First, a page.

True, I forgot about all that. I do not require an elevator, nor do I need to raise the roof. I donít want a deck, custom cushions, or a special ceiling. I DO want to create an rv that is comfortable, livable, and space efficient.

Thanks for the links, Smitty. I spent a couple of days perusing the sites and was able to figure out what sort of generator, batteries, and inverter I might need. I have struck solar from my list. While I do intend on rolling up and down the California coast (to visit beaches), I am more intrigued with the Pacific Northwest (I am considering moving there at some point). The shade and the clouds would render solar fairly inefficient for my purposes.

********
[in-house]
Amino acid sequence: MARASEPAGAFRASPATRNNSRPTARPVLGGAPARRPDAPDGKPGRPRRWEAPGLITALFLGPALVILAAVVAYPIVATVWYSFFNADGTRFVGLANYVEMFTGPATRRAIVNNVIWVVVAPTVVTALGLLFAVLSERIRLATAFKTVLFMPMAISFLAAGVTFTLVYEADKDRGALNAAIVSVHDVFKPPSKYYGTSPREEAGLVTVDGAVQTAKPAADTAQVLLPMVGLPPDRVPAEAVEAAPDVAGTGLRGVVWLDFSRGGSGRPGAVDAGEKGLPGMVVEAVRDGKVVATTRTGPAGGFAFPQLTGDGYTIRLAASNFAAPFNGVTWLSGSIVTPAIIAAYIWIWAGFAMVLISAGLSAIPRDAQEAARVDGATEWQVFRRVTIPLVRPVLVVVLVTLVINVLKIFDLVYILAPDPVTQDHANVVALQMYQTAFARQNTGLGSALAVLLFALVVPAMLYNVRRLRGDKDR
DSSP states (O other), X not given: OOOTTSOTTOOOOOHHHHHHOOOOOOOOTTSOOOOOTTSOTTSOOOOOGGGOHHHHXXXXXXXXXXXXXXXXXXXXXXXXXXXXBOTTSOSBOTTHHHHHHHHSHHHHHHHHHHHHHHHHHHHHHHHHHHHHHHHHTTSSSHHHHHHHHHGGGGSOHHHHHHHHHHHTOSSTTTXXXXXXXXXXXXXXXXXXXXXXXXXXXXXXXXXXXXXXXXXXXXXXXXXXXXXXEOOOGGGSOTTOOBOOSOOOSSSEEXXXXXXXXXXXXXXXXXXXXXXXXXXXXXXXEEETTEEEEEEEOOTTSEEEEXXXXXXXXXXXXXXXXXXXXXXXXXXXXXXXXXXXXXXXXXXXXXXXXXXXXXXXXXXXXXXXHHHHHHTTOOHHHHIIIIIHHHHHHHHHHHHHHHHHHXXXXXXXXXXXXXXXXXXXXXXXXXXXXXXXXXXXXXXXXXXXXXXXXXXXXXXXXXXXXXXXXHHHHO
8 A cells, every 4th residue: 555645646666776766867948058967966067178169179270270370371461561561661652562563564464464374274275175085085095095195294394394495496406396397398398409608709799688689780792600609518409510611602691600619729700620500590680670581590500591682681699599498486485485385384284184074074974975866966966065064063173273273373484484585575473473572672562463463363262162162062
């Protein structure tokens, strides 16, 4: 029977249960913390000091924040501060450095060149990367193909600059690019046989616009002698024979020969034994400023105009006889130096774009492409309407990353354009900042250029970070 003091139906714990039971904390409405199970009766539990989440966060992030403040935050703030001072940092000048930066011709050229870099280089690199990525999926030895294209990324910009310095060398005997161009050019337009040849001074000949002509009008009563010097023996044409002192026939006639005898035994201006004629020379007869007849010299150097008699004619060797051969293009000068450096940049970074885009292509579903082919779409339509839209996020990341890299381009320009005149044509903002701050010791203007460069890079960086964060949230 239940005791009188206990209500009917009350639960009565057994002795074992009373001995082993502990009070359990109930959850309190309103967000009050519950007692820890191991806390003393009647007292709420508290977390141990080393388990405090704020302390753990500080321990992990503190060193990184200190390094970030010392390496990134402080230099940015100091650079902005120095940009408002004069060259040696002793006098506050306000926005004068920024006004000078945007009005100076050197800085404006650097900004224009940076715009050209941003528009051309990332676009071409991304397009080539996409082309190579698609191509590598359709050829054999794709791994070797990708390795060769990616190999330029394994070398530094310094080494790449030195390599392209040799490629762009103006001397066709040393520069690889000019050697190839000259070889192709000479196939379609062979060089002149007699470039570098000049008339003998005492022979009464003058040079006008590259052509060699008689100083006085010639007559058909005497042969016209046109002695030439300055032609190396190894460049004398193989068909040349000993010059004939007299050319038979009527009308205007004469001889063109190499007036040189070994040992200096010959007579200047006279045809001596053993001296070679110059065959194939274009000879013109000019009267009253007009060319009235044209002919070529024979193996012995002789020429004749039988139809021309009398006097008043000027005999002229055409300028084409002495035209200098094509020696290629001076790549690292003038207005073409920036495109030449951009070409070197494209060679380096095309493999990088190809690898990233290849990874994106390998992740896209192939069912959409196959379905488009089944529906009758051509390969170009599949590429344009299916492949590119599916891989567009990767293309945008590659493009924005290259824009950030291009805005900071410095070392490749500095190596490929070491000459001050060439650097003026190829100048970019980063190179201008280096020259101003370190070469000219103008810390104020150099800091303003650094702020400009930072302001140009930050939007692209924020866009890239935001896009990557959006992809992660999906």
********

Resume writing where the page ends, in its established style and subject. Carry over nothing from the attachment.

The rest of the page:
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Old 12-18-2010, 02:10 PM   #27
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Re: Best "RV" Option for a Woman?

Quote:
Originally Posted by Smitty
...no comment from Lorna ).
Who. me?

On our bus the rear wheel wells are 48" long and 8" to 9" high... about 21 deep... I think. When it comes to immovable objects, like wheel wells, you plop a cabinet on top and plan around. We placed a closet (30" clothes + 18" linen & dirty clothes storage) on top or each of our rear wheel wells (David has his closet and I have mine). We have a flat nosed Bluebird so we also have wheel wells in the front... just not as wide). I have an old fireplace mantle that will go over the passenger side and we built a "deck" over the drivers side that the chairs will sit on (with my little old rock maple end table between the chairs).